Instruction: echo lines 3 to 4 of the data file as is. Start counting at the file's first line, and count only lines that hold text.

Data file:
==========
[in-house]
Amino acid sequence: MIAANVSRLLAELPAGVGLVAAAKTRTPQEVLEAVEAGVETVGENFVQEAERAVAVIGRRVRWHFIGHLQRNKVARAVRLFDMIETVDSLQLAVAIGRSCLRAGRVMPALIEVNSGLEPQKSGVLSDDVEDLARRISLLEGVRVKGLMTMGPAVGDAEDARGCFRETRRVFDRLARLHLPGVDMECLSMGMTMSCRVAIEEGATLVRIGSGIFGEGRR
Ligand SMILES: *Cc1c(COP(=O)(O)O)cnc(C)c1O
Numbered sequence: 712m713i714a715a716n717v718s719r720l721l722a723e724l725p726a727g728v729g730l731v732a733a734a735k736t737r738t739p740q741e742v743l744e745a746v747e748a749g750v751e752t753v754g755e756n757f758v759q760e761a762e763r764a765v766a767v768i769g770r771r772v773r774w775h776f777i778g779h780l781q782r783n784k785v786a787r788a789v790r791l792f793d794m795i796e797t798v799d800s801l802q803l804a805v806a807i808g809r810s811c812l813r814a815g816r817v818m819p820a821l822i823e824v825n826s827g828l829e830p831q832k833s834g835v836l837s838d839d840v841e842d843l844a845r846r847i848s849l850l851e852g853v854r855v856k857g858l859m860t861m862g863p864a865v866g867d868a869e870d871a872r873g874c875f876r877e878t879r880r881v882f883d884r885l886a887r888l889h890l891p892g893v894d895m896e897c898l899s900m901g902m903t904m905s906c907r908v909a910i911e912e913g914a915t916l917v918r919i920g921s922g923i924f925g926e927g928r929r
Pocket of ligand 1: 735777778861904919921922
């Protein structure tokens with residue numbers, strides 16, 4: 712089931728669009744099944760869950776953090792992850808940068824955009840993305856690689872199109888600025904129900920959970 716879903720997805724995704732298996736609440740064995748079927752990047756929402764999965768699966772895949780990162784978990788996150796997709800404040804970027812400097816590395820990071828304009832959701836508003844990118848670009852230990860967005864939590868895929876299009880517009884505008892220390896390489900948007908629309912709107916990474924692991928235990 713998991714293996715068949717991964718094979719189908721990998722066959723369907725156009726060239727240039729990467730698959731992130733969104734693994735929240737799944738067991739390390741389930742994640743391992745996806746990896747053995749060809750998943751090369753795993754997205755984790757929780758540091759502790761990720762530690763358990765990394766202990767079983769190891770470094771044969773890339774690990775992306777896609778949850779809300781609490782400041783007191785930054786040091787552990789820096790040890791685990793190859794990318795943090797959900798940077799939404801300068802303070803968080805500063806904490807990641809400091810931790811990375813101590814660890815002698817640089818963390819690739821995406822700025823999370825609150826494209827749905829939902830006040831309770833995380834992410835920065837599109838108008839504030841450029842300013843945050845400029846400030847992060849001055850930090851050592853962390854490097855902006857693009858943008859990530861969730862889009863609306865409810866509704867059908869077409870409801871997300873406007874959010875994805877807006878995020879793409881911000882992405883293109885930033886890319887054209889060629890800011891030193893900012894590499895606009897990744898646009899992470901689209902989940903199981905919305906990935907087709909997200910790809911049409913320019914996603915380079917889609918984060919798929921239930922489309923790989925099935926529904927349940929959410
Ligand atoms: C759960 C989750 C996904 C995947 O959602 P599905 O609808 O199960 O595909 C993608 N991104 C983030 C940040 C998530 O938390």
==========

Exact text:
Ligand SMILES: *Cc1c(COP(=O)(O)O)cnc(C)c1O
Numbered sequence: 712m713i714a715a716n717v718s719r720l721l722a723e724l725p726a727g728v729g730l731v732a733a734a735k736t737r738t739p740q741e742v743l744e745a746v747e748a749g750v751e752t753v754g755e756n757f758v759q760e761a762e763r764a765v766a767v768i769g770r771r772v773r774w775h776f777i778g779h780l781q782r783n784k785v786a787r788a789v790r791l792f793d794m795i796e797t798v799d800s801l802q803l804a805v806a807i808g809r810s811c812l813r814a815g816r817v818m819p820a821l822i823e824v825n826s827g828l829e830p831q832k833s834g835v836l837s838d839d840v841e842d843l844a845r846r847i848s849l850l851e852g853v854r855v856k857g858l859m860t861m862g863p864a865v866g867d868a869e870d871a872r873g874c875f876r877e878t879r880r881v882f883d884r885l886a887r888l889h890l891p892g893v894d895m896e897c898l899s900m901g902m903t904m905s906c907r908v909a910i911e912e913g914a915t916l917v918r919i920g921s922g923i924f925g926e927g928r929r